Two suspected poachers were Friday arrested and ivory worth Sh10.6 found on them in Embu.
Officials from the National Police Service and Kenya Wildlife Service arrested the two suspects in possession of three pieces of elephant tusks weighing approximately 53 kilograms.
Police said they will be arraigned for the offences of dealing in and/or possession of wildlife trophy.
Officials said the seizure shows up to ten elephants had been killed and there is a likelihood the incidents happened in the nearby Meru National Park.
This is despite stringent measures in place to address the menace of poaching in the country and region.
In July this year, two herders accused of illegally possessing elephant tusks were given stringent bond terms of Sh1 million each after being charged Mombasa.
They were accused of dealing in ivory and allegedly found with Sh2 million worth of elephant tusks by KWS detectives.
Elephant tusks fetch a fortune in the black market as a surge in demand for ivory in the East continues to fuel the illicit trade in elephant tusks, especially from Africa.
Officials say despite a ban on the international trade in ivory, African elephants are still being poached in large numbers.
As part of efforts to stop the menace, Kenya has started using high-tech surveillance equipment, including drones, to track poachers and keep tabs on elephants and rhinos.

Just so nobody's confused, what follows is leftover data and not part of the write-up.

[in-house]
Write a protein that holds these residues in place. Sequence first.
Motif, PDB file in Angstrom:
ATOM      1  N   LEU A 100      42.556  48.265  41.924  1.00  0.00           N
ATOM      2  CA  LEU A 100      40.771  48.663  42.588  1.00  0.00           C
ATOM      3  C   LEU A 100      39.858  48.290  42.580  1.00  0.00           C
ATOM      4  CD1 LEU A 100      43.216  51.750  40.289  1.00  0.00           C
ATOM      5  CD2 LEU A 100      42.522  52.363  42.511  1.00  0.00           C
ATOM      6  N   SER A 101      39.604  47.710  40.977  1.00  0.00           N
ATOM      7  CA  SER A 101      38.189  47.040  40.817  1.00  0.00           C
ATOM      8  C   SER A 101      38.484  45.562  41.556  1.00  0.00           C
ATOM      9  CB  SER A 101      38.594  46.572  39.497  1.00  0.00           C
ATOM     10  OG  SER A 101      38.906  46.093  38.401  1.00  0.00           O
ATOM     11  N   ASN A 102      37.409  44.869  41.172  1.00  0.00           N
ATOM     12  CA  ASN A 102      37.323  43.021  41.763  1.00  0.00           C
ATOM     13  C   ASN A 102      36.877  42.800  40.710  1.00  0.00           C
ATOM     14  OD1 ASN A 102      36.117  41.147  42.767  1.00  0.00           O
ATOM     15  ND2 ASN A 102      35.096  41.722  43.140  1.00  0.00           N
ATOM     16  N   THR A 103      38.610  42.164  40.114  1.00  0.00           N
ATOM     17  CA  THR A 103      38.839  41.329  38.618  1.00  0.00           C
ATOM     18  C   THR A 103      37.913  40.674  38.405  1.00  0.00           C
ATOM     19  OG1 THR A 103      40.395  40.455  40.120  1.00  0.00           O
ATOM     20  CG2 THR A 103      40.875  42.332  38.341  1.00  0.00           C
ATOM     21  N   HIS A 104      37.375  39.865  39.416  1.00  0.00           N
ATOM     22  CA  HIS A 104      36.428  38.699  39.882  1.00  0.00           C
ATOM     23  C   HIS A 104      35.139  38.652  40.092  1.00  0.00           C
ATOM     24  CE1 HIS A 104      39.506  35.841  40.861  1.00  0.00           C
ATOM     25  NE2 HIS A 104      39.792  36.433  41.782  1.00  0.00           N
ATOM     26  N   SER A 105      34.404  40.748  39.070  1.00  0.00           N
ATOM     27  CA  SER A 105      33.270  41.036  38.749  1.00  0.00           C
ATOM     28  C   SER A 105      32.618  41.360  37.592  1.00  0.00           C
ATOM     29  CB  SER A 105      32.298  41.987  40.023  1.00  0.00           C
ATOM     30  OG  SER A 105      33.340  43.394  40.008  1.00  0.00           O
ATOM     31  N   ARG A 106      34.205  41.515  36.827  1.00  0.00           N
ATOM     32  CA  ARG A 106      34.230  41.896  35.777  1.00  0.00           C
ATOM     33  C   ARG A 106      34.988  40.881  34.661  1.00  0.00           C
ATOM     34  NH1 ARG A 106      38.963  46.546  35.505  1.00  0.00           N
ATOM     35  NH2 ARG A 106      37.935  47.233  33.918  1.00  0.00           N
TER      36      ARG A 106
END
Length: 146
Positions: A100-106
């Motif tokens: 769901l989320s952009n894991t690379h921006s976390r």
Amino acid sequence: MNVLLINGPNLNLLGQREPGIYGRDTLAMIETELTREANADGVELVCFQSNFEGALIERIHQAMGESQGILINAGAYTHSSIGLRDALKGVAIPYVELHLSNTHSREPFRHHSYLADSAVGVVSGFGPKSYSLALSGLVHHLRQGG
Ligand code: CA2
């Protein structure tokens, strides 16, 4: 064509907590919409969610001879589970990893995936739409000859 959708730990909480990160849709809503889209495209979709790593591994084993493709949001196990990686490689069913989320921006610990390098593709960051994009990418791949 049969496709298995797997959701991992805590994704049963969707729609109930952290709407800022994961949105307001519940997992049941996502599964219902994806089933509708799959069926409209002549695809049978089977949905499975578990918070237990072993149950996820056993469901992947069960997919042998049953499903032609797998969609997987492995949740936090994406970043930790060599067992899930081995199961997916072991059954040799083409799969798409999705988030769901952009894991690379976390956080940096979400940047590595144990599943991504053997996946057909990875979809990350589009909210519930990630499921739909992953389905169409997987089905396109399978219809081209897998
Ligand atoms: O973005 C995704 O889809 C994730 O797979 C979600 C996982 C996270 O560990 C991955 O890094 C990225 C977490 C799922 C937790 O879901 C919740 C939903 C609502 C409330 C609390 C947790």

KWS and stakeholders have put in place mechanisms to eradicate all forms of wildlife crime, particularly poaching.
These mechanisms include enhanced community education, interagency collaboration, and intensive intelligence-led operations, among others.
These efforts led to zero rhino poaching in Kenya in 2020-the first time in about two decades.
At least 20,000 elephants are killed annually in Africa for their ivory. This translates to 55 elephants killed daily or one elephant killed every 26 minutes with a population of 35,000 elephants.
On April 30, 2016, Kenya set ablaze 105 tonnes of elephant ivory and 1.35 tonnes of rhino horn.
Former President Uhuru Kenyatta led world leaders and conservationists in burning the remains of 6,500 elephants and 450 rhinos killed for their tusks and horn.
Parliament has also passed strict anti-poaching laws and the government has beefed up security at parks to stop poaching, which threatens the vital tourism industry.
Regionally, Kenya has also emerged as a major transit route for ivory destined for Asian markets from eastern and central Africa.
The illegal ivory trade is mostly fuelled by demand in Asia and the Middle East, where elephant tusks and rhino horns are used to make ornaments and traditional medicines.Email your news TIPS to Editor@kahawatungu.com or WhatsApp +254707482874